# The Code of No-Code

May 02 2016

## Shuffling Arrays in Javascript

Tagged with:  javascript

Unfortunately there is no simple "one liner" that will shuffle an array in javascript. All to often I see people advising to use:

`sort(function() { Math.random() - 0.5 }))`

However, this does not shuffle the array. First, let's take a look at what does work. It's called the Fisher-Yates shuffle and looks like this in javascript:

```function shuffleSort(a) {
for(var i = 0; i < a.length; i++) {
var r = Math.floor(Math.random() * (i + 1));
var t = a[i];
a[i] = a[r];
a[r] = t;
}
}```

Why doesn't sorting with a random comparator work? It all depends on the algorithm and what I found really interesting is how each sort algorithm has a different "order bias" which can be made into an image by mapping original position on the `x` and final position on the `y` and shading the probability from `0.0` cyan and max percent magenta. Also, in the images below I've expanded the image size so each original-final is 2x2 pixels and they are seperated by white space. Each test was run on an array initialized to `[0..99]` sorted and run for 1 million iterations. If you want to play around with the code it's all here and an example page with images here.

# Fisher-Yates shuffle

```function shuffle(a) {
for(var i = 0; i < a.length; i++) {
var r = Math.floor(Math.random() * (i + 1));
var t = a[i];
a[i] = a[r];
a[r] = t;
}
}```

As expected this produces a pretty flat image with a probability range `[0.009627, 0.010367]` after 1 million iterations. # Random Sort

```function randomSort(a) {
a.sort(function() { return Math.random() - 0.5 });
}```

Probability range `[0.000965, 0.033447]` after 1 million iterations. # Quick Sort

Probability range `[0.006287, 0.073966]` after 1 million iterations. Just from the looks of it quick sort seems to have the worst performance in the center of the array getting the least shuffle. # Bubble Sort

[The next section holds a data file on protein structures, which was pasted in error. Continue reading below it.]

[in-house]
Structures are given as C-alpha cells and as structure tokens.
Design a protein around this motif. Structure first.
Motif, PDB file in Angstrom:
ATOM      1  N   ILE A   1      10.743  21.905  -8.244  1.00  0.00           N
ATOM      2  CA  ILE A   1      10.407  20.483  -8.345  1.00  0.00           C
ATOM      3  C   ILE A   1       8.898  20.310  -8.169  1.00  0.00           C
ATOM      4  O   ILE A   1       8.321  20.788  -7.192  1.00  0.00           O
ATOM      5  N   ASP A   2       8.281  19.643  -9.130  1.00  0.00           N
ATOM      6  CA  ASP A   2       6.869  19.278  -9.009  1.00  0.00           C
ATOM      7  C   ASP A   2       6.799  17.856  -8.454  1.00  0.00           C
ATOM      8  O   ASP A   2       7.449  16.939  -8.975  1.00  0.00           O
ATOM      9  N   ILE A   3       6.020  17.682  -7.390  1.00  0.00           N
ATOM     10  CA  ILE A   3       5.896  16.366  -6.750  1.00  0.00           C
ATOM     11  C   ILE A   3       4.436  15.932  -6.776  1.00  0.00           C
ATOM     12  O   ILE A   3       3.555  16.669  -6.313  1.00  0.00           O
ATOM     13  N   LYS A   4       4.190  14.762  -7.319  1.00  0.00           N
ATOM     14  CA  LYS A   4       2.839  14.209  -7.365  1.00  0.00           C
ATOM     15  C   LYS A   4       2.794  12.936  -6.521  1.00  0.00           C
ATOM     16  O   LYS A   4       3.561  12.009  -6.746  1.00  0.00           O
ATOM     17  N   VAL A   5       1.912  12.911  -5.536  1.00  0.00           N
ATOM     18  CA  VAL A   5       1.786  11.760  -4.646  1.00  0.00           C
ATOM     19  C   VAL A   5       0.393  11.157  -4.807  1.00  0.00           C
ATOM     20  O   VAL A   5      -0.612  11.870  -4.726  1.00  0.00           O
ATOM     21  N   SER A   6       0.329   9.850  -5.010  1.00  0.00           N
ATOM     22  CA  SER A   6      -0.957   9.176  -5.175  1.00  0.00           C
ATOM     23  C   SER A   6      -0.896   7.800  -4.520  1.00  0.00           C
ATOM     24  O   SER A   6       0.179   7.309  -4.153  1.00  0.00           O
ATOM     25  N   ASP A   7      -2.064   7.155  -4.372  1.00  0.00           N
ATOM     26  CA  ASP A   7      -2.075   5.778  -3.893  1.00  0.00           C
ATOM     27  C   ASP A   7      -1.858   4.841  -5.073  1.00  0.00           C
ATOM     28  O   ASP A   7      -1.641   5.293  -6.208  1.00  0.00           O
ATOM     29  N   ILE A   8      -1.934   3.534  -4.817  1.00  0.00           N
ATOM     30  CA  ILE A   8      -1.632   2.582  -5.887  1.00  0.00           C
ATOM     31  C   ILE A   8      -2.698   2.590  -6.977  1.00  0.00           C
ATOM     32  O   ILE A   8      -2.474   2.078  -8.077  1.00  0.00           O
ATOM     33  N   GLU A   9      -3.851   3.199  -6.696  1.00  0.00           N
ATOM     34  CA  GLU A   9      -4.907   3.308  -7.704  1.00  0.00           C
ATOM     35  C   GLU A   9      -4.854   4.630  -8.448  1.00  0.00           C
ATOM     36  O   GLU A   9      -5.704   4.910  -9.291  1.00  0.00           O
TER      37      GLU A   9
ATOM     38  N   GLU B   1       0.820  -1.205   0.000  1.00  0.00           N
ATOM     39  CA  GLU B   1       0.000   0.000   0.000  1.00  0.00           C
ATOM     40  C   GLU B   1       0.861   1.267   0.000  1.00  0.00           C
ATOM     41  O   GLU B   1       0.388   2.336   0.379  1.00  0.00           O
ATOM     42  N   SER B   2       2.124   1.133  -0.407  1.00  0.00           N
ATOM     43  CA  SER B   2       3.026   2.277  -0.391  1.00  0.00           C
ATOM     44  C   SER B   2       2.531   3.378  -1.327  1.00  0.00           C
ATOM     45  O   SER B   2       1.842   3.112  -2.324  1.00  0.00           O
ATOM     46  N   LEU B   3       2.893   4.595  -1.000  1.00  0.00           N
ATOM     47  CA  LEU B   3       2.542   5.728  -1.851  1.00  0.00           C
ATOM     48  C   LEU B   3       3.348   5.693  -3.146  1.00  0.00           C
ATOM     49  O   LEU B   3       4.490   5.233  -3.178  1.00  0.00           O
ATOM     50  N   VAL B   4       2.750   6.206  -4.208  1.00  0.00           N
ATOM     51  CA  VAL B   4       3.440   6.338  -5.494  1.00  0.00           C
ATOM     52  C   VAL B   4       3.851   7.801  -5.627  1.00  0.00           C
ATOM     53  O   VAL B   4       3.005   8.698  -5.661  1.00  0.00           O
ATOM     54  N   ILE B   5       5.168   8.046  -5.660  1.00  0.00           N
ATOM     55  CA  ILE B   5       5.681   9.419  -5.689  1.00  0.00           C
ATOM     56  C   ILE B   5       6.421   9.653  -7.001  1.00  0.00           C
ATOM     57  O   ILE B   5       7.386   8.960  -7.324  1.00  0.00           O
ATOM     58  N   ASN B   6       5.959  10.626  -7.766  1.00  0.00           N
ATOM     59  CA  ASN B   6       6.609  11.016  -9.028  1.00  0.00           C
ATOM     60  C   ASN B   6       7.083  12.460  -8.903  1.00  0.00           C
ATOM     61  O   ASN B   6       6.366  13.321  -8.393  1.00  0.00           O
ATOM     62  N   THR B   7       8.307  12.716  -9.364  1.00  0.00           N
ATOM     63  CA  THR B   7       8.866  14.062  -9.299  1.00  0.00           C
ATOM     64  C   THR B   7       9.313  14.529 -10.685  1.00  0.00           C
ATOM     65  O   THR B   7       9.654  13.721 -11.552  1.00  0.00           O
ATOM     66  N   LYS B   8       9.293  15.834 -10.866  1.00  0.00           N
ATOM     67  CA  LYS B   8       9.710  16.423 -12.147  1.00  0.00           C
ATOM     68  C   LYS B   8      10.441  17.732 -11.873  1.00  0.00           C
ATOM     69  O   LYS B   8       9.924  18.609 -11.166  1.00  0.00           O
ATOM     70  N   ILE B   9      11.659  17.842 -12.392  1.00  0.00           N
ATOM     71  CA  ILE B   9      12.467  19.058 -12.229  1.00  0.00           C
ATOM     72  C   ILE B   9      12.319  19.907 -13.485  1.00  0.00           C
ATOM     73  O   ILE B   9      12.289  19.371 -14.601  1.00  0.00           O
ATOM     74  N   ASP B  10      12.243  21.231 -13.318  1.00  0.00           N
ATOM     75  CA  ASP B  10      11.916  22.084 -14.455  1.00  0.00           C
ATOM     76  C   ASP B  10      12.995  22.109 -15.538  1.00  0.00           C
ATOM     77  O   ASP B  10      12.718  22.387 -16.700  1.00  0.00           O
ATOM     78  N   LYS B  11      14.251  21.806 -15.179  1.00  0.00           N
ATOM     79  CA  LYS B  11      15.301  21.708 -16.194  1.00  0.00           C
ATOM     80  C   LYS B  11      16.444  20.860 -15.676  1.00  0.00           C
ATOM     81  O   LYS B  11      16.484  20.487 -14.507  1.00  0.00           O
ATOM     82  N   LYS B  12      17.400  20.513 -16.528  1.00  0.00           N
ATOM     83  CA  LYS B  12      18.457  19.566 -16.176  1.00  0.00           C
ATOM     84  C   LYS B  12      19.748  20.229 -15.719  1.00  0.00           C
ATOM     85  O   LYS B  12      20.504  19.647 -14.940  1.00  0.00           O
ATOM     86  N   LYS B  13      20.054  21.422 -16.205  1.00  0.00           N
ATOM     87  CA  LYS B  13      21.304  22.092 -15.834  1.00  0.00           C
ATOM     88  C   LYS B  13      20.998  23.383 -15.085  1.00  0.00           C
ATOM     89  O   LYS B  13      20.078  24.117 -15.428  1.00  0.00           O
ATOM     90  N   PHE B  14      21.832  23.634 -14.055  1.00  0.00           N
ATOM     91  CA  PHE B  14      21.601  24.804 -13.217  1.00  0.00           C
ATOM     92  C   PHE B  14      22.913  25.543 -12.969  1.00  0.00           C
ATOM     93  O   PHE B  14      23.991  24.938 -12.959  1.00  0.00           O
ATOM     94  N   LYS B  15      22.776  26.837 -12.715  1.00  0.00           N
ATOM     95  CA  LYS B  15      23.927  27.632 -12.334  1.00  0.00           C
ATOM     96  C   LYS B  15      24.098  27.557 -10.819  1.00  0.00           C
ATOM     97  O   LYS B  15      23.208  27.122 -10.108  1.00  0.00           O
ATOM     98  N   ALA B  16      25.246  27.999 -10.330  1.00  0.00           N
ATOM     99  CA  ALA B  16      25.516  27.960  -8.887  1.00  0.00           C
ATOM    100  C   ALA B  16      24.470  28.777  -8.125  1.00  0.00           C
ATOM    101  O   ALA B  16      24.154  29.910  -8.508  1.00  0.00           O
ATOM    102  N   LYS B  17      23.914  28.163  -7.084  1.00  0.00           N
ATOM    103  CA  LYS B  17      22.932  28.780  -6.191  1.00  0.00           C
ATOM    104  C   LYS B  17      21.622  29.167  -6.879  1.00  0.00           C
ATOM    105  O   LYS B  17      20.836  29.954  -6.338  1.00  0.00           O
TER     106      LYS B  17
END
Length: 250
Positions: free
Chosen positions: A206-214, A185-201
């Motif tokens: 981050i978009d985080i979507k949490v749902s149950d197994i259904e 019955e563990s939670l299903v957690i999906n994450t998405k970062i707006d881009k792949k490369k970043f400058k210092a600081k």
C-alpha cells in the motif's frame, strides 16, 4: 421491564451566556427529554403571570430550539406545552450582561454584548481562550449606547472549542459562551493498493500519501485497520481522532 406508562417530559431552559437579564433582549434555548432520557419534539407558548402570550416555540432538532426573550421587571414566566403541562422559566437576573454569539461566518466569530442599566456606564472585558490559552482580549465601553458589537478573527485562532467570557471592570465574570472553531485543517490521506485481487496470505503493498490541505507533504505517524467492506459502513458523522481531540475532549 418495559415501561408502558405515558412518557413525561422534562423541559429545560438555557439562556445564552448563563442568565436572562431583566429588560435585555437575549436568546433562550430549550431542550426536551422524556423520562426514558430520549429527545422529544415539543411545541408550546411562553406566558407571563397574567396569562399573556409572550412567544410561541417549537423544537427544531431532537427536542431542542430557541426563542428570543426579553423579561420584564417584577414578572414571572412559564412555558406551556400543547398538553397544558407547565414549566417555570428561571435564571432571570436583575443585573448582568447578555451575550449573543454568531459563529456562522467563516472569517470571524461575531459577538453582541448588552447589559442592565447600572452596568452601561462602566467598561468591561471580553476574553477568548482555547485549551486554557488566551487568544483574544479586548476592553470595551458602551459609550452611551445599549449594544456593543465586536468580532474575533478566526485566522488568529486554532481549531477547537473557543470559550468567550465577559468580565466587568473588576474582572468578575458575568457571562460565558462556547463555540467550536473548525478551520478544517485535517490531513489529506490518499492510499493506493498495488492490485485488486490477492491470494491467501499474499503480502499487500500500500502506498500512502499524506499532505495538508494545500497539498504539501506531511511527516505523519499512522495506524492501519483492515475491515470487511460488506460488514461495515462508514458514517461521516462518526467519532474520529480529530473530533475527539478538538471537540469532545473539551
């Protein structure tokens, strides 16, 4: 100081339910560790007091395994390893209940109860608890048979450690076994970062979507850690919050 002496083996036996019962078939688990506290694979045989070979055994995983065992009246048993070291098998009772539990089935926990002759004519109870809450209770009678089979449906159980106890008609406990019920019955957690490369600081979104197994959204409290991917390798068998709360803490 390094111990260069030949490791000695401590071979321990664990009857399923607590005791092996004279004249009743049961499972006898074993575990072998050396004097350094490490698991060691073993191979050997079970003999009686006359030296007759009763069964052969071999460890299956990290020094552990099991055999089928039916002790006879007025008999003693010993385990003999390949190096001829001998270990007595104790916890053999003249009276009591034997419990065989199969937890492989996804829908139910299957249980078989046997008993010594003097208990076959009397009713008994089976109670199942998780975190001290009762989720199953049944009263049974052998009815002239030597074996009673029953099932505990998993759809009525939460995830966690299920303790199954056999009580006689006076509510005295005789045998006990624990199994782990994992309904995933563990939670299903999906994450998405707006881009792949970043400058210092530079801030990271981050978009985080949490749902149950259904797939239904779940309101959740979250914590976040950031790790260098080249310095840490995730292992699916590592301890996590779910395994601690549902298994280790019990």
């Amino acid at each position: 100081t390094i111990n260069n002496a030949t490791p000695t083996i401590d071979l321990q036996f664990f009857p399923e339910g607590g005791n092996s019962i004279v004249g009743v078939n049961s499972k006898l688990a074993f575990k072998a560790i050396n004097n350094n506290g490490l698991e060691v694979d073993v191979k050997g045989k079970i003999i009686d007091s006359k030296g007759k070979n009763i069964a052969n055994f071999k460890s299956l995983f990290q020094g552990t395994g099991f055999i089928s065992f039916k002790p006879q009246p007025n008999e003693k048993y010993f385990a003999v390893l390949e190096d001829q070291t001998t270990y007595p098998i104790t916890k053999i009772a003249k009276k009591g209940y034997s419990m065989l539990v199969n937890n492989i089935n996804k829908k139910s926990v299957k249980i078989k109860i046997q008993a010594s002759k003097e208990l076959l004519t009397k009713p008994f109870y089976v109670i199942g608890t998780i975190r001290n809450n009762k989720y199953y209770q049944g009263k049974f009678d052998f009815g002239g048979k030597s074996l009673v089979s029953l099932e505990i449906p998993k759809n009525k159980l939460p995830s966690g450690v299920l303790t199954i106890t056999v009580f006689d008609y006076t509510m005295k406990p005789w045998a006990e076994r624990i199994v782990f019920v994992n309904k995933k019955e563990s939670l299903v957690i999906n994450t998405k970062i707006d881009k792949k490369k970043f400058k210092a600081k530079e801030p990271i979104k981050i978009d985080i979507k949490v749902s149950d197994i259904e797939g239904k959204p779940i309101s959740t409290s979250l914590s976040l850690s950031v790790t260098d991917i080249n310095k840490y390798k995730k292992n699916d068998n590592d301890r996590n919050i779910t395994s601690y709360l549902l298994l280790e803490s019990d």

```function bubbleSort(a) {
var l = a.length;
var i, j, s, t;
for (i = 0; i < l; i++) {
for (j = 0, s = l-i-1; j < s; j++) {
if (Math.random() < 0.5) {
t = a[j];
a[j] = a[j+1];
a[j+1] = t;
}
}
}
}```

Probability range `[0 0.500113]` after 1 million iterations, which is amazing that after that many trials there were still positions that certain numbers never made it to. At first I thought my sort was off, but then I realized to move `0` from first position to last position requires the comparator (in this case `Math.random() - 0.5 < 0.0`) to be less than `0.5` 99 times in a row. Also, for `9` to remain in last position is `0.5` percent chance that when `i=0` and `j=9` that `Math.random() < 0.5` is false. I double checked this for arrays size 10 in length and the probability range was as expected `[0.001923 0.500352]` since `Math.pow(0.5, 9) == 0.001953125`.

# Selection Sort

```function selectionSort(a) {
var i, j, m, t;
var l = a.length;
for (i = 0; i < l; i++) {
m = i;
for (j = i+1; j < l; j++) {
if (Math.random() < 0.5) m = j;
}
if (i != m) {
t = a[i];
a[i] = a[m];
a[m] = t;
}
}
}``` Probability range `[0 0.500113]` after 1 million iterations. Selection sort has some similar problems that bubble sort does. Consider an array `a=[0..9]` what is the probability that `9` which started in the last position will end up in the first position? If the array was shuffled it should be `0.1`, right? But instead for selection sort it is `0.5`. Because the only way for `9` to move to the front is when `i=0` and `j=9` the comparator (in this case `Math.random() - 0.5 < 0.0`) is less than zero which happens half the time.

# Insertion Sort

```function insertionSort(a) {
var l = a.length;
var i, j, t;
for (i = 0; i < l; i++) {
t = a[i];
for (j = i-1; j > -1 && Math.random() < 0.5; j--) {
a[j+1] = a[j];
}
a[j+1] = t;
}
}``` Probability range `[0 0.499359]` after 1 million iterations.